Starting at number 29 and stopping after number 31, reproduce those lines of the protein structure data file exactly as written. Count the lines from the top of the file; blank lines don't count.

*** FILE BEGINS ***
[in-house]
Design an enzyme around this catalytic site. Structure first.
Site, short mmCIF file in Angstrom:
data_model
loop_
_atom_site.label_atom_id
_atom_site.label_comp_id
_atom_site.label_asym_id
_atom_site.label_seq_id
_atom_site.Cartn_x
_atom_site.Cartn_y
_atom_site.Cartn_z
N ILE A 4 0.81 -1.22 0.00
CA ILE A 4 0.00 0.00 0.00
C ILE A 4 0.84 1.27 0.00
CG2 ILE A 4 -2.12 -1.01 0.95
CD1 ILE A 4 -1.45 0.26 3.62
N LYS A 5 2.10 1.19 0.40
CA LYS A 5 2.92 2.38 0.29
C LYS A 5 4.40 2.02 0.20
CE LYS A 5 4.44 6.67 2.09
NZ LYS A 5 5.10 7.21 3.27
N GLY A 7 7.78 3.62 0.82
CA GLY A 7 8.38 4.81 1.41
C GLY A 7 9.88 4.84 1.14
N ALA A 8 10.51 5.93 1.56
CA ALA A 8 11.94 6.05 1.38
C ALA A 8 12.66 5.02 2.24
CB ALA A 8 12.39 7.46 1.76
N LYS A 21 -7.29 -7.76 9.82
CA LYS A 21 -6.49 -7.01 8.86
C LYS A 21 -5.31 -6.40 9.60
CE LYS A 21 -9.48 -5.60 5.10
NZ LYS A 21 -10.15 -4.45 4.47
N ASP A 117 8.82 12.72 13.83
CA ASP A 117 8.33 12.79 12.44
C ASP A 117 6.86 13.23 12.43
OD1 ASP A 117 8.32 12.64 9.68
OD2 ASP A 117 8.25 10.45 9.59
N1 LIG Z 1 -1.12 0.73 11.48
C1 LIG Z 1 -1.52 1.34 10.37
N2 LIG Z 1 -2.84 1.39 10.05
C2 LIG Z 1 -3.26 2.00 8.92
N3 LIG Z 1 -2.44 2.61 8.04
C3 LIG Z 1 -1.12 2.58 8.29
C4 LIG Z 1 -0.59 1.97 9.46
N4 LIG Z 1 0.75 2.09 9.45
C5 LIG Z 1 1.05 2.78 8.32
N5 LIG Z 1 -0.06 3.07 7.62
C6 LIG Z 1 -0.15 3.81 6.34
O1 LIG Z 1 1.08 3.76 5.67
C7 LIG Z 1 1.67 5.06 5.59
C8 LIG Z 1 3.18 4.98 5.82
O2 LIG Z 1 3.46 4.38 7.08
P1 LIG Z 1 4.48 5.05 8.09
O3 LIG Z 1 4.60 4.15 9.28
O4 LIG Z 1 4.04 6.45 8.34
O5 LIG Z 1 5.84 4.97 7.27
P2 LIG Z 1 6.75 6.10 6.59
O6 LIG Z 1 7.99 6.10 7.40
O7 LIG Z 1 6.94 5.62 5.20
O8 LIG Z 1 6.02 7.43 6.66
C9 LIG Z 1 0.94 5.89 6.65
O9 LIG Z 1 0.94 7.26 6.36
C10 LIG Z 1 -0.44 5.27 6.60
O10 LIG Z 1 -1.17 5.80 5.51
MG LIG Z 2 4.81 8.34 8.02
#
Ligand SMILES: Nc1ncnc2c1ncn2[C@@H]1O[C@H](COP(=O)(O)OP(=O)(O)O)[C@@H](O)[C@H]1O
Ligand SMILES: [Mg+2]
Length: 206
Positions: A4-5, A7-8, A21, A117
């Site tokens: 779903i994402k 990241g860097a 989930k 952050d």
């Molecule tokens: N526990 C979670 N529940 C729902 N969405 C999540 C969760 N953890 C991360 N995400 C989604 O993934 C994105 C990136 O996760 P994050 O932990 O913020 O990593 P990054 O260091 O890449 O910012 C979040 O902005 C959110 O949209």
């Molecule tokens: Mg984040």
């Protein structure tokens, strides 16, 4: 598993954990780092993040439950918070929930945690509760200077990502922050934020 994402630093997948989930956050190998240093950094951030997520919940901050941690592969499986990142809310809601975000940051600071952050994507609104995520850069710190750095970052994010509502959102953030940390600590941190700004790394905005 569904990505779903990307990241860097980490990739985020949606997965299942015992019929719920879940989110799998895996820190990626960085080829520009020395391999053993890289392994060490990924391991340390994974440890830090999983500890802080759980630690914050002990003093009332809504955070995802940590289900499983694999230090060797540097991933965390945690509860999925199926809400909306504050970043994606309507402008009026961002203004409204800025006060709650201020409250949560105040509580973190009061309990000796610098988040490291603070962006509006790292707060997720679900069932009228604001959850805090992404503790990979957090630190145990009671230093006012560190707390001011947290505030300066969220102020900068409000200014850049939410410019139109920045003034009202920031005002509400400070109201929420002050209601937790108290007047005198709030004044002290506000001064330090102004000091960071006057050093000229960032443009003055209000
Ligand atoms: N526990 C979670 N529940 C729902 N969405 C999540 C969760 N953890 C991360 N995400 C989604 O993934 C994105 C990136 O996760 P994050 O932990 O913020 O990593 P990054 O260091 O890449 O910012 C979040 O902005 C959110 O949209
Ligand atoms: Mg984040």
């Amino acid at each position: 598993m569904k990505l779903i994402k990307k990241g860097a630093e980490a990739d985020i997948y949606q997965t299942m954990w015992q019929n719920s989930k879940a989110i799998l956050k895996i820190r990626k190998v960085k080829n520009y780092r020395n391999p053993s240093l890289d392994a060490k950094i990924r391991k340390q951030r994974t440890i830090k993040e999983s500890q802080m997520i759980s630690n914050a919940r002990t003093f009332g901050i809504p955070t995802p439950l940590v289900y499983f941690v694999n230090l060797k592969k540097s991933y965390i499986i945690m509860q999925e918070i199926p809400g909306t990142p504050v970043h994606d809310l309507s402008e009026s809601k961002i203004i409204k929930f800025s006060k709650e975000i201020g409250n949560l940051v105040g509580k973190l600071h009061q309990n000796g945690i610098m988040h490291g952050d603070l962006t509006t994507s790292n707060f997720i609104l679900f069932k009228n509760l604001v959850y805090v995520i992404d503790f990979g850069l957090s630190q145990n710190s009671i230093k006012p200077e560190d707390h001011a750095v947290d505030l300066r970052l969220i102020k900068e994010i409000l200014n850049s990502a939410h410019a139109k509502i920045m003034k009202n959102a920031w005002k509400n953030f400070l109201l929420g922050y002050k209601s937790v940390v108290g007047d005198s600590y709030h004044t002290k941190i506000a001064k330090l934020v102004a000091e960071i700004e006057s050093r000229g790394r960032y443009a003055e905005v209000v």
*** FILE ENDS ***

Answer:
CB ALA A 8 12.39 7.46 1.76
N LYS A 21 -7.29 -7.76 9.82
CA LYS A 21 -6.49 -7.01 8.86